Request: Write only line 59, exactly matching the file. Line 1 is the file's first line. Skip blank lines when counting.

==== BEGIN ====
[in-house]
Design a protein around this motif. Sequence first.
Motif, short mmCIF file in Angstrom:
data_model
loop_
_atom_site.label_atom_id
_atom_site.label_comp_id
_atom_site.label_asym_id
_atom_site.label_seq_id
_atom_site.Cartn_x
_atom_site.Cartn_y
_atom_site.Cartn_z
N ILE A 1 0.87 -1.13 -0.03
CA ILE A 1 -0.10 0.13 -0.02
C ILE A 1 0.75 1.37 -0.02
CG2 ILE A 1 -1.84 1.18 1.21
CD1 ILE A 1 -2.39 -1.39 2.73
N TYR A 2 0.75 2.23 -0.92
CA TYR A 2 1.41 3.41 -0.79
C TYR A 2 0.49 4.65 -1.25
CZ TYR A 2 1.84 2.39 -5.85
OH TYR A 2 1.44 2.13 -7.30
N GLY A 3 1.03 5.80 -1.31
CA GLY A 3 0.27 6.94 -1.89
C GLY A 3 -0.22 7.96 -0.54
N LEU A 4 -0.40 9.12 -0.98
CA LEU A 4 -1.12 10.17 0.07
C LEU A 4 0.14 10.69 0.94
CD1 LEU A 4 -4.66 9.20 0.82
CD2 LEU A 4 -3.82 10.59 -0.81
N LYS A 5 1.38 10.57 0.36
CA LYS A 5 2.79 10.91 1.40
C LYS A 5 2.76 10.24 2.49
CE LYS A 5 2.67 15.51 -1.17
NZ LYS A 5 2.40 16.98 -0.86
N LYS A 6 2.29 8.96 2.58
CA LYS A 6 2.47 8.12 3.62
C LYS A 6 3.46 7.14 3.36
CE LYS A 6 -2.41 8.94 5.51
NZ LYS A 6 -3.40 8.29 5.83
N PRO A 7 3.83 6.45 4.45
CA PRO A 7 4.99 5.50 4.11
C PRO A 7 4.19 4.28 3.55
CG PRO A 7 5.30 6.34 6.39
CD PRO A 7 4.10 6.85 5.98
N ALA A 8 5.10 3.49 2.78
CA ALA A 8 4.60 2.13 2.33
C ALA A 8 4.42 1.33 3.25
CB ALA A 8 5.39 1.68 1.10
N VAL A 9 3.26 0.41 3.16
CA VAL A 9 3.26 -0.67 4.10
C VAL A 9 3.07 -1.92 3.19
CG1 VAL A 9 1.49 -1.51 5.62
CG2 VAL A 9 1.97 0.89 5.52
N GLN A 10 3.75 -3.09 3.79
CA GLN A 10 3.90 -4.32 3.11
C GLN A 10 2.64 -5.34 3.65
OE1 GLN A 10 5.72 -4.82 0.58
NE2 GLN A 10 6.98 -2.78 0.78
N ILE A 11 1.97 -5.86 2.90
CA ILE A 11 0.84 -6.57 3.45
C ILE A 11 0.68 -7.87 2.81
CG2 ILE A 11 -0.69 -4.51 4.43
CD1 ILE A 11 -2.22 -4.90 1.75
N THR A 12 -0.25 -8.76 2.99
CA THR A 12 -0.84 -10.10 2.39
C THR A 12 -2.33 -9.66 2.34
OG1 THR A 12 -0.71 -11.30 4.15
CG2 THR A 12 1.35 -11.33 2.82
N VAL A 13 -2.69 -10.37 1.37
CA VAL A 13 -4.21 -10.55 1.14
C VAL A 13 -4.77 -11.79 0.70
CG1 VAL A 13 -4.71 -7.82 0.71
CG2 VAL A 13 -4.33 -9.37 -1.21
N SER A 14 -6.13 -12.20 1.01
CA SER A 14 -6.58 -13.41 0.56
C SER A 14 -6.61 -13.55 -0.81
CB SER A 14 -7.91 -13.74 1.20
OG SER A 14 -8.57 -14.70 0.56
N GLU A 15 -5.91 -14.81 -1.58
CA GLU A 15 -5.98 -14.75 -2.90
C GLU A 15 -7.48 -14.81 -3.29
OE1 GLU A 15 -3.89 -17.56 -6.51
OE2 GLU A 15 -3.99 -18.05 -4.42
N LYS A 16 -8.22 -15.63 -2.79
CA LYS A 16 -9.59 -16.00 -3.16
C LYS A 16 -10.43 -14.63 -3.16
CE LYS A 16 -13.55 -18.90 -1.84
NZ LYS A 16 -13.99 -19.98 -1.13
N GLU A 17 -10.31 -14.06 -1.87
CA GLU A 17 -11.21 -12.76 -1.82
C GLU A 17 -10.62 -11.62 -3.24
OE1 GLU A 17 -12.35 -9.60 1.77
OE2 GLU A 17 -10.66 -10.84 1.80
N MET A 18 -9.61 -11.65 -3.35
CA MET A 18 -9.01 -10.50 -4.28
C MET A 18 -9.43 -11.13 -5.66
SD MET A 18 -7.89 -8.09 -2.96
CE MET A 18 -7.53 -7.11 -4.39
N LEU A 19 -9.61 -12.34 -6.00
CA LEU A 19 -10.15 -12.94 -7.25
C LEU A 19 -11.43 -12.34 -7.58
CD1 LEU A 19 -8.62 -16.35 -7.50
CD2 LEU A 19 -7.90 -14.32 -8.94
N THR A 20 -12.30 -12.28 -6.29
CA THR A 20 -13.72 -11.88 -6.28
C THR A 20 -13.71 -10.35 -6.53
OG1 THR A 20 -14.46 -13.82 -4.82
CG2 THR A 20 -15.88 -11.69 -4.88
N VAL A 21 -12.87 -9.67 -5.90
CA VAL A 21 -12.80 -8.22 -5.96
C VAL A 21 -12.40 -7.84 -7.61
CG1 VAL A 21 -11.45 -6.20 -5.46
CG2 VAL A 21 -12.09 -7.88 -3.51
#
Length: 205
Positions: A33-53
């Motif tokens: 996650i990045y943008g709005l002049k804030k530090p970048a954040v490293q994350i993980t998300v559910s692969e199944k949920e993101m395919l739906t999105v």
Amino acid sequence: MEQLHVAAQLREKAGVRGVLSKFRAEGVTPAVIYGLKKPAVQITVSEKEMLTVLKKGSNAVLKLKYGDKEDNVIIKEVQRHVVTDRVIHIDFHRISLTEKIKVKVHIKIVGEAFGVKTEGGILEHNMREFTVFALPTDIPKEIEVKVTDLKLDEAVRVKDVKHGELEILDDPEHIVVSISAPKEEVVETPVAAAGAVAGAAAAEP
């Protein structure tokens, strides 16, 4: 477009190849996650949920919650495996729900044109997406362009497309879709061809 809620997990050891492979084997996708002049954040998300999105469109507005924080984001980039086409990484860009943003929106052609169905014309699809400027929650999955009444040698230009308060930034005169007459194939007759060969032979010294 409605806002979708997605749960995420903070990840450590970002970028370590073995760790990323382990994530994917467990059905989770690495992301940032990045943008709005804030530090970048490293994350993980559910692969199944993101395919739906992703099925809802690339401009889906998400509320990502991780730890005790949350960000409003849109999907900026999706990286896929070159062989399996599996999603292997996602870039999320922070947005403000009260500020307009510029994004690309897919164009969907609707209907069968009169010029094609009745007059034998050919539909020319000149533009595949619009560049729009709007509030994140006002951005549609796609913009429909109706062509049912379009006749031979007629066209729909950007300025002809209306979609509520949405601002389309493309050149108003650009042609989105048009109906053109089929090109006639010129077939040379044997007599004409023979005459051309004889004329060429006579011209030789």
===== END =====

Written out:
NE2 GLN A 10 6.98 -2.78 0.78